Troubleshooting Tip 1: My cells look overstained. What should I change?
My cells look overstained. What should I change?
This micrograph shows cultured mammalian cells that have been stained using standard immunofluorescence techniques and visualized with a laser scanning confocal microscope. Cells look overstained, i.e., the fluorescence intensity values are saturated in the perinuclear region (see arrows pointing to regions that look very “bright”). Such overstaining phenotype can arise from the immunofluorescence protocol itself or from the image acquisition process and image display used.
Possible Causes and Solutions
I. Immunofluorescence-related problems.
Is the antibody appropriately diluted? The amount of primary and/or secondary antibody you are using might be too high.
- Perform a series of dilutions (for example, 1:200, 1:500, 1:1000) where you vary the amount of the fluorescently-conjugated secondary antibody and in which the amount of the primary antibody is constant.
- Repeat the experiment by keeping the amount of the secondary antibody constant and you now vary the amount of the primary antibody. This will allow you to identify the optimal antibody dilutions to use.
Another possibility is that the cells are not adequately blocked prior to and during antibody incubations to avoid the nonspecific binding of the primary and/or secondary antibodies which would otherwise increase the background.
- Always block cells with a blocking agent as a separate step before addition of the primary antibody incubations, such as 1% bovine serum albumin (BSA)/PBS or 5% serum (typically fetal bovine serum (FBS) or goat serum) in PBS.
- Make sure that the serum will not cross-react with the secondary antibody.
- Dilute the antibodies in blocking agent before adding them to the sample.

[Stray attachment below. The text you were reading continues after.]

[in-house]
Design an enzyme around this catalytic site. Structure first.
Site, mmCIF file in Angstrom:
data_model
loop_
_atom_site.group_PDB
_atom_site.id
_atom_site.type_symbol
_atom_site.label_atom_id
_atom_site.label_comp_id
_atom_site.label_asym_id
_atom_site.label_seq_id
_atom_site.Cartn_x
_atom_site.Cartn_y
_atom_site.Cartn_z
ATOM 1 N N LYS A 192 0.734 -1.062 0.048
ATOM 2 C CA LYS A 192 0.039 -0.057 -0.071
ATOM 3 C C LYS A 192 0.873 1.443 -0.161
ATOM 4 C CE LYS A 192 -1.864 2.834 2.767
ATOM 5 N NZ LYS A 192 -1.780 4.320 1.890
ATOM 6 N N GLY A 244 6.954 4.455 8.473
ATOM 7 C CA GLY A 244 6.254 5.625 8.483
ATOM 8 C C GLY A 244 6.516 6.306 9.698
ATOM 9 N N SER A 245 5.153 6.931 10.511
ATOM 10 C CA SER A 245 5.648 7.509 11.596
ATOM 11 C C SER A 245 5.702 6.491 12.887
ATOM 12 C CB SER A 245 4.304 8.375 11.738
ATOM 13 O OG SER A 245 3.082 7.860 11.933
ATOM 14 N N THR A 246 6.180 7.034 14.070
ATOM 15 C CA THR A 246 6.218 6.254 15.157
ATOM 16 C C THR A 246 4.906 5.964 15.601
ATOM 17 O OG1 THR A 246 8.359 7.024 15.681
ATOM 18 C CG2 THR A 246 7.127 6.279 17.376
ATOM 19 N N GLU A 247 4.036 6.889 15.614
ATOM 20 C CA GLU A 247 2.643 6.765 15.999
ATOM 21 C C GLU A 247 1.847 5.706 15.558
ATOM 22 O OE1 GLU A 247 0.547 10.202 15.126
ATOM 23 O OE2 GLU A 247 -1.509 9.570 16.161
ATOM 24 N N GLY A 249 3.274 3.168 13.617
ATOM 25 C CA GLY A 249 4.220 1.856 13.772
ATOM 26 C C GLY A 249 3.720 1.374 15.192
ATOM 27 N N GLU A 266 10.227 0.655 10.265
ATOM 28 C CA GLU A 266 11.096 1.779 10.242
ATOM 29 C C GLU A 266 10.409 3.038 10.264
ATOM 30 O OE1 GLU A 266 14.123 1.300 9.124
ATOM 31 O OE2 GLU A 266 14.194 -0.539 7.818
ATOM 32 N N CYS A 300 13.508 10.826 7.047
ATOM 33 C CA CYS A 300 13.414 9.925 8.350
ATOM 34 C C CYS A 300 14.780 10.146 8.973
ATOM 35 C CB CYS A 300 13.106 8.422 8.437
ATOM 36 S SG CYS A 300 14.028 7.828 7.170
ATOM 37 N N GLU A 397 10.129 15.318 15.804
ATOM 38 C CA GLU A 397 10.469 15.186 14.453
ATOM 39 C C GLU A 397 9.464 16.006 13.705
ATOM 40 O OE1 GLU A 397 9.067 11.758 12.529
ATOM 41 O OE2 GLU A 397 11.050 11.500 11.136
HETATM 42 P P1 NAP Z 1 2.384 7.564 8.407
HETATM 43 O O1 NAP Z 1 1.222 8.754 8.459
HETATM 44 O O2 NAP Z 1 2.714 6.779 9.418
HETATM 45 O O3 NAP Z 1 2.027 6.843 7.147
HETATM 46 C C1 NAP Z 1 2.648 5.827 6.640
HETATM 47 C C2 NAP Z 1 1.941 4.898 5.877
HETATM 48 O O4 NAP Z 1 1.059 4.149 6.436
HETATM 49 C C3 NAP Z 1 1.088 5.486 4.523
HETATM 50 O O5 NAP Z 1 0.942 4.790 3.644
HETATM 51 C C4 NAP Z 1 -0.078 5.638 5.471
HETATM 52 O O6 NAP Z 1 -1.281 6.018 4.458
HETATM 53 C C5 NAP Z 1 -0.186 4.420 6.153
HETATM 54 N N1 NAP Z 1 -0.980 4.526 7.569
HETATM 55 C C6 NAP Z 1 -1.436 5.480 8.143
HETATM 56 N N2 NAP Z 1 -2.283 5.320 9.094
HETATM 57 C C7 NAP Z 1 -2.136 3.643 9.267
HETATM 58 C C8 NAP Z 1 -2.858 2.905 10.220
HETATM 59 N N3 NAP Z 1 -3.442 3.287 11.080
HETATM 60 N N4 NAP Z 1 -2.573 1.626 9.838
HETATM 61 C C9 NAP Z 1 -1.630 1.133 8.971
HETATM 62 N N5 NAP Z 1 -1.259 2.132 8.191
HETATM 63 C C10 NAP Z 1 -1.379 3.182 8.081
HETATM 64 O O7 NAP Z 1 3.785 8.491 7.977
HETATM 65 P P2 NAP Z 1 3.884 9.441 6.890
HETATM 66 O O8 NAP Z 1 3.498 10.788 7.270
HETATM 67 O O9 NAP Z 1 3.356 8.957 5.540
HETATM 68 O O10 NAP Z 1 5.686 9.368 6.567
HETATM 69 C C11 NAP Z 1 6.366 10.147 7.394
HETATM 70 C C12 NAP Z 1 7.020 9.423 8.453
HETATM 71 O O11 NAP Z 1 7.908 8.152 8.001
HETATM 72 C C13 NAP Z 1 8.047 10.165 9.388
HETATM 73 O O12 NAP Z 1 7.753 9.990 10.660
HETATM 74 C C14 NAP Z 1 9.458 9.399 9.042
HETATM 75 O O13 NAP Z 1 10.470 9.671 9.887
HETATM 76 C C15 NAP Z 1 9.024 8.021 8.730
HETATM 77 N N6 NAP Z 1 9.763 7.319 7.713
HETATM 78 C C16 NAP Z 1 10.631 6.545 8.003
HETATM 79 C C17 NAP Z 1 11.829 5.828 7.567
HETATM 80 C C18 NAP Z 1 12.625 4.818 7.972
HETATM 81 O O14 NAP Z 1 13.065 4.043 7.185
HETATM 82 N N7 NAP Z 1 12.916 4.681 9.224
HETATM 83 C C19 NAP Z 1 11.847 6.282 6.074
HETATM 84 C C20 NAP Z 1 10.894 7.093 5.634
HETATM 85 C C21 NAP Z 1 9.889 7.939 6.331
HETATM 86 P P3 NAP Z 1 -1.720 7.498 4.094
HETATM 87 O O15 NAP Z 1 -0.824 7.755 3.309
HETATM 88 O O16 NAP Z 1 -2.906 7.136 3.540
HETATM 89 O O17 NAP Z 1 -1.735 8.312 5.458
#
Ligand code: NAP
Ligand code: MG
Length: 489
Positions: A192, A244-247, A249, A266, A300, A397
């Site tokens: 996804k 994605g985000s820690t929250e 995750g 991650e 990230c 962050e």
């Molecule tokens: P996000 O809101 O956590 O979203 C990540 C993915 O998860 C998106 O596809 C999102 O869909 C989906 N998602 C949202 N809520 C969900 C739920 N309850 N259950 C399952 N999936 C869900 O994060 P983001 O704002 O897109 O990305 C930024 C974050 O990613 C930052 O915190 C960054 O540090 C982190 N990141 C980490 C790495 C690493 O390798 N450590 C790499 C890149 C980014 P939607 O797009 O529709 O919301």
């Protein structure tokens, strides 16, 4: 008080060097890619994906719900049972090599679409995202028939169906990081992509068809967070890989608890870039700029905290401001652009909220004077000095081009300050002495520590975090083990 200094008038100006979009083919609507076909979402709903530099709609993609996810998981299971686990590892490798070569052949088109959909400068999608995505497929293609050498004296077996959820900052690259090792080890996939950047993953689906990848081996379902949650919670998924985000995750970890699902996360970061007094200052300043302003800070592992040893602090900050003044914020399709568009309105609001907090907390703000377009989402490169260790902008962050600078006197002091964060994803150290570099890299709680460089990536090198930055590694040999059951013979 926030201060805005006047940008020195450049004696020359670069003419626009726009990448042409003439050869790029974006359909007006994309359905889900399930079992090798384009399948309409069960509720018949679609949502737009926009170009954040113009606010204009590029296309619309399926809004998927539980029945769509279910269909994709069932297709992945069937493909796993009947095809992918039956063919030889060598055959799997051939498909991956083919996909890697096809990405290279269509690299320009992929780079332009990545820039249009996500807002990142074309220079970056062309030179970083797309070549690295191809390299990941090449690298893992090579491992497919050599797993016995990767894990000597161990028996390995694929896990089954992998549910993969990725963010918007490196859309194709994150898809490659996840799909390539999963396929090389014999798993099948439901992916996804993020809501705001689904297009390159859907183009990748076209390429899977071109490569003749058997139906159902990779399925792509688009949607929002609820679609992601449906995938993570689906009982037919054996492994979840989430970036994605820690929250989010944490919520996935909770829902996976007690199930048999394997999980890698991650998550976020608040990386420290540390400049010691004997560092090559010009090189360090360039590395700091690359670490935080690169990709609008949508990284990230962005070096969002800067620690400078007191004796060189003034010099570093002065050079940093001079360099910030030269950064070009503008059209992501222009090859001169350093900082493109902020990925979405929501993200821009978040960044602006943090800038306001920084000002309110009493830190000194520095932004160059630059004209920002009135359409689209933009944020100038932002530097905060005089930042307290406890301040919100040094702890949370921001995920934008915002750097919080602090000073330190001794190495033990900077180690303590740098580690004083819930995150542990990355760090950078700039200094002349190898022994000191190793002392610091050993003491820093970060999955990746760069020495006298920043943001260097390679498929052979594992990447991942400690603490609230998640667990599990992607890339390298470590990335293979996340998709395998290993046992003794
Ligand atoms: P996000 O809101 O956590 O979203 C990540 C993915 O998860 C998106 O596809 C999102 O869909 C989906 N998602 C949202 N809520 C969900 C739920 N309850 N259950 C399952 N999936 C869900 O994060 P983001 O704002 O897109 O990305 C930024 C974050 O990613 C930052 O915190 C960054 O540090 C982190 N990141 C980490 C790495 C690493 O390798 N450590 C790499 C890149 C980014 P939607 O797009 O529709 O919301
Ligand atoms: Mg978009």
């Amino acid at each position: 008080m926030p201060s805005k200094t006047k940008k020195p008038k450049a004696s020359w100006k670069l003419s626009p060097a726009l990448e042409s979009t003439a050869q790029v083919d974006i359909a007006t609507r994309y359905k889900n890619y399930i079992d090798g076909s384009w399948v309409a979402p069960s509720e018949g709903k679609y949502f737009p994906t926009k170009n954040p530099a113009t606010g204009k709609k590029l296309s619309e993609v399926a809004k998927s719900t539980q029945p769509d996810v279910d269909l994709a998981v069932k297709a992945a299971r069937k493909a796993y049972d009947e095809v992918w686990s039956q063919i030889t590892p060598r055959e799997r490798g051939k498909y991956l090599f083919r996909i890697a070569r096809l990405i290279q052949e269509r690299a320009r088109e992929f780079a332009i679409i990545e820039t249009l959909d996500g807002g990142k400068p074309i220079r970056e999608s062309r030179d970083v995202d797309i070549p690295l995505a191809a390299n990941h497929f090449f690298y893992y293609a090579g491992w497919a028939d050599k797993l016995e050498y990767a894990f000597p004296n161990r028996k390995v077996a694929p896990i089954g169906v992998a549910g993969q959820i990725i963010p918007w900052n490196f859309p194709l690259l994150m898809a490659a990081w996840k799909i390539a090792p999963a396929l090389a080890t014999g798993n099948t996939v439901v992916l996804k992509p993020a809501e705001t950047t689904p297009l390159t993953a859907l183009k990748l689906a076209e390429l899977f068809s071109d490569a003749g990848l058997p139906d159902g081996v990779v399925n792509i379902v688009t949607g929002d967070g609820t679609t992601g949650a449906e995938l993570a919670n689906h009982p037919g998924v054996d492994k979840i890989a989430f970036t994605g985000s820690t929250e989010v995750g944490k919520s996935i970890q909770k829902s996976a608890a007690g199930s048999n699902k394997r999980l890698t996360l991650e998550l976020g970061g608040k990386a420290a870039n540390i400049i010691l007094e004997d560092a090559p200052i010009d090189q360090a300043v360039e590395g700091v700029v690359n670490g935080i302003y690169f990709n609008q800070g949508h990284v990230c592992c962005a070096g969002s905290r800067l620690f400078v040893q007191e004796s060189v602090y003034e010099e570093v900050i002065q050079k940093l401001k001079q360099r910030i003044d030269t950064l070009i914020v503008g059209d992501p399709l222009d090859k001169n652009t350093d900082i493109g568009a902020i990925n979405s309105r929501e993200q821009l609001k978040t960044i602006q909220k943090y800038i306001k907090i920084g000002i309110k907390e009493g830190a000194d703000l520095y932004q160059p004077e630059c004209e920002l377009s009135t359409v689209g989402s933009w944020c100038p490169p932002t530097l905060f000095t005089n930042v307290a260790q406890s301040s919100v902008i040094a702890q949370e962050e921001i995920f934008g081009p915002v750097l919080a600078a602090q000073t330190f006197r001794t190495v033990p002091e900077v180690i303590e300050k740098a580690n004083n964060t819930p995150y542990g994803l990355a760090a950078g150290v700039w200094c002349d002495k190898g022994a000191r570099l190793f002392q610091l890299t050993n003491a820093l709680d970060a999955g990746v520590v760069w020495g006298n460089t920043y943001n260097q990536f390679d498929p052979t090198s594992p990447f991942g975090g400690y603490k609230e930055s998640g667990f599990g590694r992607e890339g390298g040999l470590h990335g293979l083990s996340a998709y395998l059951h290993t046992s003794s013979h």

II. Image acquisition/image display-related problems.
Did you collect the images within the dynamic range of the detector? All current image acquisition softwares include a pseudocolor image display mode (also known as lookup tables, LUT) that facilitates adjustment of the dynamic range.
- When you scan your sample you need to adjust the detector gain so that the brightest pixel in the image is slightly below white (gray level = 255) in an 8-bit system.
- If the image is saturated, turn down the detector gain or lower the excitation light levels. Even if you acquire images within the dynamic range of the detector, make sure that you do not modify the intensity histogram of your image when you display the image. You might think that using the “autocontrast” function will improve the contrast of different features in the cell but it might actually change the intensity distribution in a way that values are now saturated. Again, try to use a LUT to make sure that pixels are not saturated.
More information on immunofluorescence microscopy and immunofluorescence staining protocols can be found in Current Protocols Essential Laboratory Techniques, Unit 9.2 and in Current Protocols in Cell Biology, Unit 4.3. For information on basic confocal microscopy have a look at Current Protocols in Cell Biology, Unit 4.5.
Contributed by: Manos Mavrakis